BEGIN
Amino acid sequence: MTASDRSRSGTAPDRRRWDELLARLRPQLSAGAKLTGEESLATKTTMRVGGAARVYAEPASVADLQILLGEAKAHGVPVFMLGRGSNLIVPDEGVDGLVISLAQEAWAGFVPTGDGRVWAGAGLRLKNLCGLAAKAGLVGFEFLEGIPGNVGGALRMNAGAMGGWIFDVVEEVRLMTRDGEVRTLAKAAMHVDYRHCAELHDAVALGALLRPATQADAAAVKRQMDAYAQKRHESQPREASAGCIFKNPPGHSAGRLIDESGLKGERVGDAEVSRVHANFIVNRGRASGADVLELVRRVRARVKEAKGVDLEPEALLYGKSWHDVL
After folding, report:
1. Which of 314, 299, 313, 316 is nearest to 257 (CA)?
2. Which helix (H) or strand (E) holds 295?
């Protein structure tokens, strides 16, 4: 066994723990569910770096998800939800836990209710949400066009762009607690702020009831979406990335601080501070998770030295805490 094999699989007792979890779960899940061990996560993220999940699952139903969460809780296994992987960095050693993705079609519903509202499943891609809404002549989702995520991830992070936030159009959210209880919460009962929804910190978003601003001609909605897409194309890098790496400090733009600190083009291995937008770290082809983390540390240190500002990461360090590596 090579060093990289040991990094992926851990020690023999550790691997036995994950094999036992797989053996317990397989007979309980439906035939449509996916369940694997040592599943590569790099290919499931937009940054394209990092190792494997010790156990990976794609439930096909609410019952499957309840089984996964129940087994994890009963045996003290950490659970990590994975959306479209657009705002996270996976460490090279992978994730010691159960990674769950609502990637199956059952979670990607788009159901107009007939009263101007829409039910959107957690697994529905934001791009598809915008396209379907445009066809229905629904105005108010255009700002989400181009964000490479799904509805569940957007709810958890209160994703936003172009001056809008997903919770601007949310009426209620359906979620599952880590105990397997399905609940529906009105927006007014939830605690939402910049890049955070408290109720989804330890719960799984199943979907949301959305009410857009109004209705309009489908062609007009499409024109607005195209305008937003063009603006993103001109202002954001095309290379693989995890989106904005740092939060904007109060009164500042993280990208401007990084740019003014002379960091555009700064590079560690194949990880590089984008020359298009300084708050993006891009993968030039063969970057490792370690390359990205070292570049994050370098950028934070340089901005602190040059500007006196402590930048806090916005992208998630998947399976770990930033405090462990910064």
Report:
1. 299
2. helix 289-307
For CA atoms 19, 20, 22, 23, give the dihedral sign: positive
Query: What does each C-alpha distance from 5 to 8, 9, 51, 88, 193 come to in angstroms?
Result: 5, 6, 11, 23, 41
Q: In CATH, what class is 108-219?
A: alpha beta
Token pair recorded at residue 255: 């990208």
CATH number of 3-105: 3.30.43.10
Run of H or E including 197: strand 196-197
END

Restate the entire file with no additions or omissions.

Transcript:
Amino acid sequence: MTASDRSRSGTAPDRRRWDELLARLRPQLSAGAKLTGEESLATKTTMRVGGAARVYAEPASVADLQILLGEAKAHGVPVFMLGRGSNLIVPDEGVDGLVISLAQEAWAGFVPTGDGRVWAGAGLRLKNLCGLAAKAGLVGFEFLEGIPGNVGGALRMNAGAMGGWIFDVVEEVRLMTRDGEVRTLAKAAMHVDYRHCAELHDAVALGALLRPATQADAAAVKRQMDAYAQKRHESQPREASAGCIFKNPPGHSAGRLIDESGLKGERVGDAEVSRVHANFIVNRGRASGADVLELVRRVRARVKEAKGVDLEPEALLYGKSWHDVL
After folding, report:
1. Which of 314, 299, 313, 316 is nearest to 257 (CA)?
2. Which helix (H) or strand (E) holds 295?
């Protein structure tokens, strides 16, 4: 066994723990569910770096998800939800836990209710949400066009762009607690702020009831979406990335601080501070998770030295805490 094999699989007792979890779960899940061990996560993220999940699952139903969460809780296994992987960095050693993705079609519903509202499943891609809404002549989702995520991830992070936030159009959210209880919460009962929804910190978003601003001609909605897409194309890098790496400090733009600190083009291995937008770290082809983390540390240190500002990461360090590596 090579060093990289040991990094992926851990020690023999550790691997036995994950094999036992797989053996317990397989007979309980439906035939449509996916369940694997040592599943590569790099290919499931937009940054394209990092190792494997010790156990990976794609439930096909609410019952499957309840089984996964129940087994994890009963045996003290950490659970990590994975959306479209657009705002996270996976460490090279992978994730010691159960990674769950609502990637199956059952979670990607788009159901107009007939009263101007829409039910959107957690697994529905934001791009598809915008396209379907445009066809229905629904105005108010255009700002989400181009964000490479799904509805569940957007709810958890209160994703936003172009001056809008997903919770601007949310009426209620359906979620599952880590105990397997399905609940529906009105927006007014939830605690939402910049890049955070408290109720989804330890719960799984199943979907949301959305009410857009109004209705309009489908062609007009499409024109607005195209305008937003063009603006993103001109202002954001095309290379693989995890989106904005740092939060904007109060009164500042993280990208401007990084740019003014002379960091555009700064590079560690194949990880590089984008020359298009300084708050993006891009993968030039063969970057490792370690390359990205070292570049994050370098950028934070340089901005602190040059500007006196402590930048806090916005992208998630998947399976770990930033405090462990910064």
Report:
1. 299
2. helix 289-307
For CA atoms 19, 20, 22, 23, give the dihedral sign: positive
Query: What does each C-alpha distance from 5 to 8, 9, 51, 88, 193 come to in angstroms?
Result: 5, 6, 11, 23, 41
Q: In CATH, what class is 108-219?
A: alpha beta
Token pair recorded at residue 255: 């990208």
CATH number of 3-105: 3.30.43.10
Run of H or E including 197: strand 196-197